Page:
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The daycare provider suggested I re-birth my son

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Author: 
Grose, Jessica
Publication Date: 
9 Sep 2014
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The third article in a Slate occasional series, child care over there that asked parents from around the world to describe their child care experiences.

 

EXCERPTS

Name: Tova Marr

Country: Austria

Occupation: Administrator

Partner's: occupation: Engineer

Children: A son, age 3.

Hi, Tova. What are your work hours?

I work 38.5 hours a week and my husband works 37.5 hours a week.

Who takes care of your son when you are at work?

Originally he went to a private day care, but he was kicked out because of his special needs. Long story short: After about a year at daycare, our son started to act up. They initially said it was because I work too much. Then they said he had ADHD. I had a child therapist visit the daycare who assured me that he is just very spirited. After a few months, without my knowledge, the daycare had him analyzed and one morning, they gave me a letter saying he has Asperger's. Tears and many specialist visits later, it was determined that he has developmental delays and when he turns 4, a firmer diagnosis will be given.

It became clear that he would be eventually kicked out of daycare. Around November 2013 they said there was a possibility they would have to let us go in the spring. So I decided to be proactive and sought out another private daycare. We gave it a trial run for a month, and it cost us valuable time and energy. Towards the end of the trial, it became clear that he was not going to adjust quickly. So, the new daycare provider suggested I re-birth him because I had had a c-section and ergo he missed out on a pivotal part of birth (she believed the same thing about women who have epidurals). Apparently I didn't just work too hard, I messed his birth up too!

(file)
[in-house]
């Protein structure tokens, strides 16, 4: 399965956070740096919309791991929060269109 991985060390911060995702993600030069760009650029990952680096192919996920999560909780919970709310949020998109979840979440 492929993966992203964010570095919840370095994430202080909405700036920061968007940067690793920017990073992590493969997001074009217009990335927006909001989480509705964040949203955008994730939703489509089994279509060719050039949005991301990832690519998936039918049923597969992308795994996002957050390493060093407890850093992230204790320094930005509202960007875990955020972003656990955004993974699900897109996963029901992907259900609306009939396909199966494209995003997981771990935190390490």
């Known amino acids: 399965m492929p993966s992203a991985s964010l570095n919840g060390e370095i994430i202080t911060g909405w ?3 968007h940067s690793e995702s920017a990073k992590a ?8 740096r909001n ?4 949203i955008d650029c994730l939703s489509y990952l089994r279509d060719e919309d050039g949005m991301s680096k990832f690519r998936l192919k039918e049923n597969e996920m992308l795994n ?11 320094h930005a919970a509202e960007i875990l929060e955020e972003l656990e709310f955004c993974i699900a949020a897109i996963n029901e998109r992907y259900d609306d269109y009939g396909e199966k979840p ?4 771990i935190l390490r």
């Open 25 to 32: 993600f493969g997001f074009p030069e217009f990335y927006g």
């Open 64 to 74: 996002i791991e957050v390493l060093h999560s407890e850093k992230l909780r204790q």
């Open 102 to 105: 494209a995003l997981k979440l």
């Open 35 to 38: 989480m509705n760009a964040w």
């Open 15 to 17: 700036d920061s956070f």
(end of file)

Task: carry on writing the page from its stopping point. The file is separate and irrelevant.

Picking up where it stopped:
Whoa. That is the craziest thing I've ever heard. Is that a common belief?

The rebirthing thing isn't a common belief here, but the daycare seemed very popular. The plan was to restrain my son for 45 minutes while he screamed and then release him into my arms. It would recreate birth. I told her that unfortunately we were too busy that morning and then hoofed it. We never returned.

So we went back to the old, slightly less terrible day care. Finally in the spring they told us we had to leave, as they had threatened. We are about to start a new one just downstairs from our new apartment. It is public and amazing with child specialists on-site. I CANNOT WAIT!

Why did you opt for private care instead of public care at first? Is public care harder to get into?

It usually is easier to get into a private one and they will take younger kids. It is a real challenge finding a place in a public one and for kids under two.

How much does it cost?

The private daycares are subsidized by the state, so we paid about 300 euros a month [$393 USD]. Public daycares are state-sponsored, so on average they cost 60 euros a month [$79 USD]. Bear in mind that average salaries are around 1,300 euros net a month [$1,706].

What happens when your son is sick?

I shake my fist angrily. Our place of employment allows a few days off a year for family sick leave. Otherwise I take a sick day or my husband does.

Do you live near family that can help you take care of your son?

My in-laws live here six months of the year. Usually we wouldn't ask my mother-in-law to help as much as she has. Our regular daycare time (before they hated our son) was 8 a.m.-3:30 p.m. and then our nanny would pick him up and take him home. Towards the end of his stay, they brought us down to part-time hours. And for the past six weeks, my mother-in-law has come by to take care of him three times a week until the nanny comes at 1:30.

...

Read online at the Slate 

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Entered Date: 
10 Sep 2014
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